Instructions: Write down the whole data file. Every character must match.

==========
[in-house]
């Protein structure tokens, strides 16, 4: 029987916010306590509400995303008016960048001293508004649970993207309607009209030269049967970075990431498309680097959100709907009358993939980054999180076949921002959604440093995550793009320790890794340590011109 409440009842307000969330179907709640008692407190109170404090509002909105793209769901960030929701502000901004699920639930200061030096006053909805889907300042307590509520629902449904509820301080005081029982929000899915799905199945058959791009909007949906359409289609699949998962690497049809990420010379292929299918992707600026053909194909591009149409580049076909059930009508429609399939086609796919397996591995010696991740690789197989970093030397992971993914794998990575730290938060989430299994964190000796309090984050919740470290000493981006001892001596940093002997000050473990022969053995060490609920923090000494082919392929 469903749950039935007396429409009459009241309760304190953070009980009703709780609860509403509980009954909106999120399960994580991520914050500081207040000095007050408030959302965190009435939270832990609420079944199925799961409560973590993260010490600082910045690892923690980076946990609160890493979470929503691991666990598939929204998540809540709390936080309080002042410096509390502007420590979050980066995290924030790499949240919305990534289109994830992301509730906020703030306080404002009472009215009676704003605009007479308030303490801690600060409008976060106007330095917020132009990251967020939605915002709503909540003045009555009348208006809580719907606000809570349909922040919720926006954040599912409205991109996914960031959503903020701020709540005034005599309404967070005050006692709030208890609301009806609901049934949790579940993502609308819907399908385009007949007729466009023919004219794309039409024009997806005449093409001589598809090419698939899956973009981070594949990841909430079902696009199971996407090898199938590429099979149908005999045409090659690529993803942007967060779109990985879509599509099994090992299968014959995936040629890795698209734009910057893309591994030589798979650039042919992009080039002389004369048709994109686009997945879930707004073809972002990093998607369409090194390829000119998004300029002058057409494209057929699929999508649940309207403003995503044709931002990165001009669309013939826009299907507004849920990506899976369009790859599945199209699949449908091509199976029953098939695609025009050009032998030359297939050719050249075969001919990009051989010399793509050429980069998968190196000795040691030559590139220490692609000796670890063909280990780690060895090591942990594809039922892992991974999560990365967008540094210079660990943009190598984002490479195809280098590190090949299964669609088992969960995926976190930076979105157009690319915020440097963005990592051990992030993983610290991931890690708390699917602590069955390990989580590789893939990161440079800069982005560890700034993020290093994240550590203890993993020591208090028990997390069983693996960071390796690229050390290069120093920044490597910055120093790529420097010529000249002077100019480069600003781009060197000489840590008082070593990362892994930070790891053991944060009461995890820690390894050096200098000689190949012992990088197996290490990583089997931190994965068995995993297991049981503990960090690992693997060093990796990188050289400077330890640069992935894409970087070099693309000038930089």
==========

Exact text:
[in-house]
């Protein structure tokens, strides 16, 4: 029987916010306590509400995303008016960048001293508004649970993207309607009209030269049967970075990431498309680097959100709907009358993939980054999180076949921002959604440093995550793009320790890794340590011109 409440009842307000969330179907709640008692407190109170404090509002909105793209769901960030929701502000901004699920639930200061030096006053909805889907300042307590509520629902449904509820301080005081029982929000899915799905199945058959791009909007949906359409289609699949998962690497049809990420010379292929299918992707600026053909194909591009149409580049076909059930009508429609399939086609796919397996591995010696991740690789197989970093030397992971993914794998990575730290938060989430299994964190000796309090984050919740470290000493981006001892001596940093002997000050473990022969053995060490609920923090000494082919392929 469903749950039935007396429409009459009241309760304190953070009980009703709780609860509403509980009954909106999120399960994580991520914050500081207040000095007050408030959302965190009435939270832990609420079944199925799961409560973590993260010490600082910045690892923690980076946990609160890493979470929503691991666990598939929204998540809540709390936080309080002042410096509390502007420590979050980066995290924030790499949240919305990534289109994830992301509730906020703030306080404002009472009215009676704003605009007479308030303490801690600060409008976060106007330095917020132009990251967020939605915002709503909540003045009555009348208006809580719907606000809570349909922040919720926006954040599912409205991109996914960031959503903020701020709540005034005599309404967070005050006692709030208890609301009806609901049934949790579940993502609308819907399908385009007949007729466009023919004219794309039409024009997806005449093409001589598809090419698939899956973009981070594949990841909430079902696009199971996407090898199938590429099979149908005999045409090659690529993803942007967060779109990985879509599509099994090992299968014959995936040629890795698209734009910057893309591994030589798979650039042919992009080039002389004369048709994109686009997945879930707004073809972002990093998607369409090194390829000119998004300029002058057409494209057929699929999508649940309207403003995503044709931002990165001009669309013939826009299907507004849920990506899976369009790859599945199209699949449908091509199976029953098939695609025009050009032998030359297939050719050249075969001919990009051989010399793509050429980069998968190196000795040691030559590139220490692609000796670890063909280990780690060895090591942990594809039922892992991974999560990365967008540094210079660990943009190598984002490479195809280098590190090949299964669609088992969960995926976190930076979105157009690319915020440097963005990592051990992030993983610290991931890690708390699917602590069955390990989580590789893939990161440079800069982005560890700034993020290093994240550590203890993993020591208090028990997390069983693996960071390796690229050390290069120093920044490597910055120093790529420097010529000249002077100019480069600003781009060197000489840590008082070593990362892994930070790891053991944060009461995890820690390894050096200098000689190949012992990088197996290490990583089997931190994965068995995993297991049981503990960090690992693997060093990796990188050289400077330890640069992935894409970087070099693309000038930089």